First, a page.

Spotting a neutron star collision

This exercise is a part of Educator Guide: Neutron Star Crash Seen for First Time / View Guide

Based on the article Neutron star crash seen for first time”:

1. This article summarizes breaking news in the world of science. Create a Snapchat post that summarizes the article to share with your friends.

Possible student response: Draw your own image of a neutron star collision (you can refer to the guide cover image for inspiration) and add text such as “Two neutron stars collide!” Label the electromagnetic waves and gravitational waves being emitted. Create stamps of different heavy metal elements and place them on the image so they appear to be emitted from the crash.

2. What is a neutron star? How massive were the neutron stars that collided?

Possible student response: A neutron star is an ultradense, neutron-rich core of a dead star. When some stars grow old they explode and the elements within it compress. The neutron stars had masses between 1.17 and 1.60 times that of the sun.

3. Where were gravitational waves from the neutron star collision detected?

Possible student response: Gravitational waves were detected by the Advanced Laser Interferometer Gravitational-Wave Observatory (LIGO) in Louisiana and Washington state. In both locations, LIGO detected a burst of approximately 100 seconds of gravitational waves, the strongest and longest signal yet detected. Only a faint gravitational wave signal was recorded by LIGO’s sister experiment in Italy, Advanced Virgo.

4. How did scientists determine the direction from which the gravitational waves came? Where were the colliding neutron stars located?

Possible student response: Gravitational wave detectors are more sensitive to gravity waves coming from certain directions relative to the orientation of the detector. With three gravitational wave detectors (two LIGO detectors plus the Virgo detector in Italy), scientists can compare the gravitational wave signals arriving at each detector to determine which direction the waves came from. LIGO’s two detectors in the United States sensed a strong signal, but the Virgo detector in Italy only sensed a weak signal, indicating that the waves came from a certain area of the sky to which Virgo is not very sensitive. A new speck of glowing visible light in that area of the sky glimpsed by telescopes, helped scientists pinpoint the colliding stars’ location: galaxy NGC 4993, 130 million light-years from Earth in the constellation Hydra.

5. What corresponding electromagnetic radiation was detected from the neutron star collision?

Possible student response: Just 1.7 seconds after LIGO received the gravitational wave signal, NASA’s Fermi space telescope detected gamma rays in the same region of the sky. Other telescopes spotted a glow of visible and infrared light starting about 11 to 12 hours after the collision. More than a week later, as those wavelengths faded away, X-rays were emitted, followed by radio waves.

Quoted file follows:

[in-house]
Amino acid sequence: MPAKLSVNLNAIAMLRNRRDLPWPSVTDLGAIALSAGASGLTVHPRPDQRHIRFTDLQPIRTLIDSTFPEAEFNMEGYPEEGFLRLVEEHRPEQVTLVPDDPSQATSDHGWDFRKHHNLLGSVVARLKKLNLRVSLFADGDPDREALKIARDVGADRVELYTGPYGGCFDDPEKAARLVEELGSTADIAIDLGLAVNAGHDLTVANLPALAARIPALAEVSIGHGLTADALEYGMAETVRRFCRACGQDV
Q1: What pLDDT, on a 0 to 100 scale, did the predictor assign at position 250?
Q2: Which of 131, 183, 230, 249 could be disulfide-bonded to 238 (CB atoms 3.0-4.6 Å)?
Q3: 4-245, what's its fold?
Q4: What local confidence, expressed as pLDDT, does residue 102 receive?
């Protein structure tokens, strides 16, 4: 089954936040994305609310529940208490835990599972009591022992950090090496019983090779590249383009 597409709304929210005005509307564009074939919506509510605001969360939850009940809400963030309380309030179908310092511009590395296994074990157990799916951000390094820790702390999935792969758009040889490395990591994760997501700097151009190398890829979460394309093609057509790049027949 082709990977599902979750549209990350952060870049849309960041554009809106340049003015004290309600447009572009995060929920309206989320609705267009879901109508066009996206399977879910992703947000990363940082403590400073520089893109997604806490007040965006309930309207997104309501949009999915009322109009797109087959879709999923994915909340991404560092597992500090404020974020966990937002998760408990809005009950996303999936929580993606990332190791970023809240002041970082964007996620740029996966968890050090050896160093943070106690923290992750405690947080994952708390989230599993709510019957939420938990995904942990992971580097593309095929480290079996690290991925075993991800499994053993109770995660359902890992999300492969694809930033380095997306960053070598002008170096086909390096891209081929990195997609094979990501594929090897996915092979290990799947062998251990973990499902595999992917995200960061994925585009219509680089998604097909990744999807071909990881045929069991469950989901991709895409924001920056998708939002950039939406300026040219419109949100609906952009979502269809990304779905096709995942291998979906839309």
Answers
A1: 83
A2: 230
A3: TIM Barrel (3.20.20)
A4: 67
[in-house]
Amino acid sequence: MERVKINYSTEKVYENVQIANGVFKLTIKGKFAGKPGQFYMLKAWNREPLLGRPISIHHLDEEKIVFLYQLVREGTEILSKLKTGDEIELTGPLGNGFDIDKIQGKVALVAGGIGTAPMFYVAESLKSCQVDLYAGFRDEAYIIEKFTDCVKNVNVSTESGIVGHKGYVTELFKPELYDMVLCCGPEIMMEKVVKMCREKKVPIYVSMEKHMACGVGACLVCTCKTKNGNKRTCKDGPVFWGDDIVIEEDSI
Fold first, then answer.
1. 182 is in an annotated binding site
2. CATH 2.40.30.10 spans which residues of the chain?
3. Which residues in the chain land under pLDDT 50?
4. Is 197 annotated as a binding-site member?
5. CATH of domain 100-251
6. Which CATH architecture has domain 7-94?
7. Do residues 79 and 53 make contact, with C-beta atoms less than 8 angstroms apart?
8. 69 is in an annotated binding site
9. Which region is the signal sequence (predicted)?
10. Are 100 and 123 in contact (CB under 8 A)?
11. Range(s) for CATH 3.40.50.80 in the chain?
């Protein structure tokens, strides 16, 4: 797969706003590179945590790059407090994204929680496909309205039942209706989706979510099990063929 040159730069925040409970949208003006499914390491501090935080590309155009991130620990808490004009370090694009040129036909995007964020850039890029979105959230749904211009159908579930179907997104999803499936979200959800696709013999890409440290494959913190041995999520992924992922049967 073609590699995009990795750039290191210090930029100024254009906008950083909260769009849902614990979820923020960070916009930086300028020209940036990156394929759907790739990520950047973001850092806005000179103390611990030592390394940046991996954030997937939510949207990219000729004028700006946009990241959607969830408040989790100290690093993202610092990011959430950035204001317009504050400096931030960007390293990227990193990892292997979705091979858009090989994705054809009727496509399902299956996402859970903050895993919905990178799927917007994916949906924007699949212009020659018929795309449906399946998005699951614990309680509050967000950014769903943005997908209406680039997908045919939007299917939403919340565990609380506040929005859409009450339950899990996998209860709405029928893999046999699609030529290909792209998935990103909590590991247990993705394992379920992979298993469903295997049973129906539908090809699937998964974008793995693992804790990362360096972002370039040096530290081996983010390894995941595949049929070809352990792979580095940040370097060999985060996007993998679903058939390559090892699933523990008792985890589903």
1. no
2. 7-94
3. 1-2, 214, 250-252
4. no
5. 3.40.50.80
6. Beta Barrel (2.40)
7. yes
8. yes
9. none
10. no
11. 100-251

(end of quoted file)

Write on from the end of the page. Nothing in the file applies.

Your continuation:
6. How did scientists conclude that the colliding celestial bodies were neutron stars and not black holes?

Possible student response: Black holes that scientists had previously recorded merging were much more massive — tens of times the mass of the sun — than the crashing bodies that were recorded in this merger. Also, the recent collision emitted various types of light. A black hole collision is not expected to produce light. Both of these observations led scientists to determine that the colliding celestial bodies were neutron stars and not black holes.

7. What elements were produced by the neutron star collision, and by what process? What was significant about this discovery?

Possible student response: The collision produced heavy elements including gold (about 10 to 100 times the Earth’s mass in gold!), silver, platinum and uranium. In a chain of reactions called the r-process, atomic nuclei combine with neutrons and undergo radioactive decay, transforming into new elements. Astrophysicists had never directly witnessed the r-process or the creation of these heavy metal elements, and debated whether the r-process occurred in supernovas or neutron star mergers. Though researchers can’t yet say whether or not the r-process also occurs in supernovas, scientists now know that when neutron stars collide, a large amount of heavy metal elements are produced via the r-process. 

8. What did astrophysicists learn about short gamma-ray bursts? Why is this discovery significant?

Possible student response: The colliding neutron stars emitted a burst of high-energy light called short gamma rays. Similar short gamma-ray bursts are detected about 50 times a year, so it now appears that those come from neutron star collisions too. Up until this recent merger, scientists were uncertain of where short gamma-ray bursts came from.

9. How did astrophysicists use their observations of the neutron star collision to learn more about the expansion of the universe?

Possible student response: By measuring the distance of the collision using gravitational waves and comparing that with how much the universe expansion stretched light from the neutron stars’ galaxy, astrophysicists measured the expansion rate of the universe. Scientists previously measured this property, known as the Hubble constant, through other means. But they got two different results: 67 and 73 kilometers per second per megaparsec. The new measurement indicates that distantly separated galaxies are spreading apart at about 70 km/s per megaparsec, right in the middle of the two previous results. Future detections of neutron star mergers could improve the measurement.

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